clock menu more-arrow no yes mobile

Filed under:

The Good, the Bad and the Ugly of Kobe Paras' Withdrawal

Did Alford's latest non-qualifier and admission mistake actually help him?

Kobe Paras's withdrawal is just the latest under Alford, Jon Octeus was arguably the worse.
Kobe Paras's withdrawal is just the latest under Alford, Jon Octeus was arguably the worse.
Sandra Dukes-USA TODAY Sports

Kobe Paras' withdrawal for failing to qualify is one of those cases where you can say Steve Alford and staff blew it again, was actually brilliant, or remains clueless on UCLA. How you approach this may betray your feelings on Steve Alford. I will do my best to break it down neutrally but it is hard for me to be neutral in light of the last three years.

The Ugly

UCLA has certain academic standards and as a coach coming into UCLA you have to know that. There are some recruits and players you are just not going to get. Players failing to qualify to UCLA was not a problem under previous basketball coaches and is not a problem for the football team, yet it keeps happening to the basketball team. This seems to fall not on the athletic department but rather on the coaching staff.

The best example of this and number one with a bullet was Jon Octeus in 2014-15:

"[Octeus] ultimately chose UCLA and expected to start at point guard for Steve Alford.  But unexpectedly, Octeus was not accepted into UCLA's graduate school, which limited his options.

Conspiracy types said this was intentional by Alford to clear the roster so Bryce would have to be point guard. I don't buy this but this was a major error forcing Bryce into being UCLA's only point guard. To not understand that Octeus would fail to qualify left UCLA with one combo guard on its roster and no credible backup as Isaac Hamilton struggled in limited minutes at point. If Bryce got hurt that season, UCLA likely would not have a winning record and would have struggled more.

Also the very experienced Octeus would have been an invaluable steadying hand in those early season disasters against Kentucky, Utah and more. Remember: UCLA could not even score in those games. Not saying he would have led UCLA to victory but he would have helped avoid the utter humiliation of those type of games.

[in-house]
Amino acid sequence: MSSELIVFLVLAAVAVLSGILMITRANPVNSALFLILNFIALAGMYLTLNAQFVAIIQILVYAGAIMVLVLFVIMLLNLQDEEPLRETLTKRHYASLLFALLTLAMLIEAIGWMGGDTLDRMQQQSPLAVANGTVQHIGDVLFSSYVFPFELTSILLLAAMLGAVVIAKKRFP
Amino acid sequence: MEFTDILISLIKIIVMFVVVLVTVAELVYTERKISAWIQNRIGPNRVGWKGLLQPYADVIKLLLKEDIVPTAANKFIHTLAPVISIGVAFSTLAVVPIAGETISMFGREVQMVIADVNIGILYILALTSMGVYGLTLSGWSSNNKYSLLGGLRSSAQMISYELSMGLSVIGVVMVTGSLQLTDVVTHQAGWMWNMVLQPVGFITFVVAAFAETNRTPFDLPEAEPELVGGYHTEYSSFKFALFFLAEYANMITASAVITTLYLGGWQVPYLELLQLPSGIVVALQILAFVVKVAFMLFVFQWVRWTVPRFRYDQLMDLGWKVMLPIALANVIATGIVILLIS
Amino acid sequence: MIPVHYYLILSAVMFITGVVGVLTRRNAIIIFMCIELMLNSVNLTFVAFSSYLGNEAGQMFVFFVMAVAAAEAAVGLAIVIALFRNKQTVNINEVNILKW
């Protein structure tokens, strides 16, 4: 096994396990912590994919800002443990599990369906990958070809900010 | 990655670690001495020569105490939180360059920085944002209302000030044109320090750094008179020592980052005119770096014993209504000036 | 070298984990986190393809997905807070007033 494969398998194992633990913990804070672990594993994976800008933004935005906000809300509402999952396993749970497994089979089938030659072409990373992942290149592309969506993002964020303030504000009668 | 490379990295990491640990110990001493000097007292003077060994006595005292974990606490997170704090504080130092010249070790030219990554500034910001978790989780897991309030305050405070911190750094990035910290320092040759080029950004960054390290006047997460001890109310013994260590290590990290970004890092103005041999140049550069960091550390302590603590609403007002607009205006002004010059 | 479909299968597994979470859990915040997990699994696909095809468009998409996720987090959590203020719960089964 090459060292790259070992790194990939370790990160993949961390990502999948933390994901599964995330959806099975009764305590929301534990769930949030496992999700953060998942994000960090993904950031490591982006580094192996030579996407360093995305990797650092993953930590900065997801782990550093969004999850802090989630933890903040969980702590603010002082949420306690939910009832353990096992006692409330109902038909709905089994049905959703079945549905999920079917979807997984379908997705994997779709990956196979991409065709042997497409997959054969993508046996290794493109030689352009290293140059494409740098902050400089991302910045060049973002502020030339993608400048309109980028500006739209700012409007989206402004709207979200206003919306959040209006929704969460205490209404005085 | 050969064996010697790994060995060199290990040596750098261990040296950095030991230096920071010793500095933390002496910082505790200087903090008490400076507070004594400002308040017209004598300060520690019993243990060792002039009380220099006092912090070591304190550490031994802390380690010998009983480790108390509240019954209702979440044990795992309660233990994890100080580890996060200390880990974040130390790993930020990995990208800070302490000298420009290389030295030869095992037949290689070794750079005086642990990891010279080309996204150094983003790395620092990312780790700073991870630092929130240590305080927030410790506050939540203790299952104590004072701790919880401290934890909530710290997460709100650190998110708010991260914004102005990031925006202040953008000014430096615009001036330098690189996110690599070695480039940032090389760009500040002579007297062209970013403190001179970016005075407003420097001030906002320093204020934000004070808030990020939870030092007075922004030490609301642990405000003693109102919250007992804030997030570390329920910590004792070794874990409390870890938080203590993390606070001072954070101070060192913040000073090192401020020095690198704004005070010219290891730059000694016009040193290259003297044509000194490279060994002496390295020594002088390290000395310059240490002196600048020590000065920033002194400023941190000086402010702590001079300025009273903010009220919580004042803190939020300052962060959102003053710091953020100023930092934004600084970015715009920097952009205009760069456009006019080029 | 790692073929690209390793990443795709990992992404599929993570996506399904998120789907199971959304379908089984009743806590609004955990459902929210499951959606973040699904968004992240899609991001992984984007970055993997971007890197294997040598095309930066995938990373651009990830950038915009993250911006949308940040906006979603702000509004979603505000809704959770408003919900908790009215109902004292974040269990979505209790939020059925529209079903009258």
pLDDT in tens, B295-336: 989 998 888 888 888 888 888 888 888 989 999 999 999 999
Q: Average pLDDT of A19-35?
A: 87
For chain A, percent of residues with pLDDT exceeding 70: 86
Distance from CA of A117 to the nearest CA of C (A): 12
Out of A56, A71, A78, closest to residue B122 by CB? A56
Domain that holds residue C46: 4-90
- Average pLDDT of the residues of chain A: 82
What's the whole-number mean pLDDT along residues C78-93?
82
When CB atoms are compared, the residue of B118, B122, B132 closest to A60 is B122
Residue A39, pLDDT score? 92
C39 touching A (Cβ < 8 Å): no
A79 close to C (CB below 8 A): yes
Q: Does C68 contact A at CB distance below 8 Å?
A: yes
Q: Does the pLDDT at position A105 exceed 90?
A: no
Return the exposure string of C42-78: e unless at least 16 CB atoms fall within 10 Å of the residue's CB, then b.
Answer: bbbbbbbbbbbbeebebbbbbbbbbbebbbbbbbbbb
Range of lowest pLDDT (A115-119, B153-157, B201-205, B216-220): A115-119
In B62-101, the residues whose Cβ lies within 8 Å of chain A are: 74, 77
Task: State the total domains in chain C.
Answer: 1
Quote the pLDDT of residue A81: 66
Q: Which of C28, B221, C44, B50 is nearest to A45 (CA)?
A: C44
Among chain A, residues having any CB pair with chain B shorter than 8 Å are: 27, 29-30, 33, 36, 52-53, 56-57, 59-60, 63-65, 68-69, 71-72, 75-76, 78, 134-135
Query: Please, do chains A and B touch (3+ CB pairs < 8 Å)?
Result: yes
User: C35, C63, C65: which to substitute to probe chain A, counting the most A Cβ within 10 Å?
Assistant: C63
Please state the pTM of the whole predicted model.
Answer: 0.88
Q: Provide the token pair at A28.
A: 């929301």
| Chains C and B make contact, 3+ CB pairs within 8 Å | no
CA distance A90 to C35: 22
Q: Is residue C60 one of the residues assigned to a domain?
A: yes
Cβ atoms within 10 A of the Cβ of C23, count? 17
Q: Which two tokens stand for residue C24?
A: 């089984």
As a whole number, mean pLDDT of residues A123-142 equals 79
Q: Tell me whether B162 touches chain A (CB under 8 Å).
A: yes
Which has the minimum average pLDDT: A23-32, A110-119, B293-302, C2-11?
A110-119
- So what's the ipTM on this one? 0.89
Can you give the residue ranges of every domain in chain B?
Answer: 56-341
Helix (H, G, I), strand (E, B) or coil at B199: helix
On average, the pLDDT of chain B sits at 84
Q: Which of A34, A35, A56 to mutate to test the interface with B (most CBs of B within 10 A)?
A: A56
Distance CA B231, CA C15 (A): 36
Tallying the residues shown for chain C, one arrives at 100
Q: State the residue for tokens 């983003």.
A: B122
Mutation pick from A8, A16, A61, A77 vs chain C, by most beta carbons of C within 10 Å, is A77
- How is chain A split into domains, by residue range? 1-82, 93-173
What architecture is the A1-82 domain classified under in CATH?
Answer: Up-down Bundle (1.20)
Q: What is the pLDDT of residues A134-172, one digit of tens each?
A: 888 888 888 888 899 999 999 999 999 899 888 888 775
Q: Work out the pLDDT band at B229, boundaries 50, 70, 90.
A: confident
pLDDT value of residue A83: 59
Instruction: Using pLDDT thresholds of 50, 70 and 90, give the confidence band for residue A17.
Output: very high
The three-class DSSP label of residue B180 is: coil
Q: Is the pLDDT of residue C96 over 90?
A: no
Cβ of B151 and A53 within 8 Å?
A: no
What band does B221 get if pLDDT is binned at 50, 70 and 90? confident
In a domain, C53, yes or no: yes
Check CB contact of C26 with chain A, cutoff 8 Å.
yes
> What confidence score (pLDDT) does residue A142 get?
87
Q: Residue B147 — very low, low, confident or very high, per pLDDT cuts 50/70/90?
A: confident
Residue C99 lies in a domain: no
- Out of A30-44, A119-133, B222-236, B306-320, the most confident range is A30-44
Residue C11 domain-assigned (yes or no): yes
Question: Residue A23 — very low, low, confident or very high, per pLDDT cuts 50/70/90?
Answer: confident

The Bad

Jonah Bolden was another screw up of the staff on the academic qualification front. Fortunately, Bolden decided to stay but just think how different the team would have been in 2014-15. The 2014-15 Bruins had no bench. With Bolden and Octeus (or the equivalent players in the same scholarship) that would have given UCLA a real bench that season. With Octeus moving Bryce to two guard and letting Hamilton be the backup guard and wing off the bench (and Bryce playing point when Octeus sat) and Bolden backing up Looney (and maybe Parker as Welsh was very raw his freshman year) all the sudden UCLA is a damn good Pac-12 team that season. Octeus and Bolden both improve the defense. Noah Allen does not have to try to be a guard. UCLA has a legitimate and formidable 8-man rotation.

The bonuses do not end there though. Last season, Bolden (or the equivalent qualifying player) steps in for Kevon Looney with a year's experience. I have always been a big believer that it takes bigs longer to develop. Look at Thomas Welsh from his freshman to sophomore years as prime example. Bolden with a year under his belt gives us a legitimate four from day one last season. No need for all this big-big crap that worked some early but killed us come Pac-12. It must be remembered that Bolden not only did not play his first season, he did not even get a full year of practice as it took to the middle of the season for him to qualify to practice with the team.

Time will tell how much a leap Bolden makes in his second season but one has to believe that UCLA would be better last season with Bolden or a player of Bolden's considerable athletic talents that qualifies his freshman year. If nothing else, I firmly believe it would have avoided the big-big disaster.

The Good

Kobe Paras was a key recruit for Steve Alford to get the Compton Magic connection rolling. He was also the least of all the Compton Magic players and really it was hard to see Kobe playing any meaningful minutes the next few seasons. It is not just this year that he would be buried on the depth chart behind Bryce Alford, Lonzo Ball, Isaac Hamilton, Aaron Holiday and Prince Ali but next season as well. Next year, Jaylen Hands is coming in with Holiday and Ali likely still around and maybe even LiAngelo Ball playing in front of him. Really it was hard to see where Kobe gets on the court.

So in a strange way this works out for Steve Alford. Kobe helped open the Compton Magic pipeline but was arguably the least of the group that includes TJ Leaf, Jalen Hill, and Jaylen Hands. Alford and staff look good in that they fought all the way to the end for Kobe so the Compton Magic people should be happy. Kobe probably was not going to be a factor for the team.

However, I find it hard to believe this was intentional. Bottom-line is the Paras withdrawal can be viewed through whatever prisms you want to decide if it was ultimately good. I do think it safe to assume though that Alford and staff have still not figured out UCLA admission standards. IMHO, I find that troubling.

Go Bruins!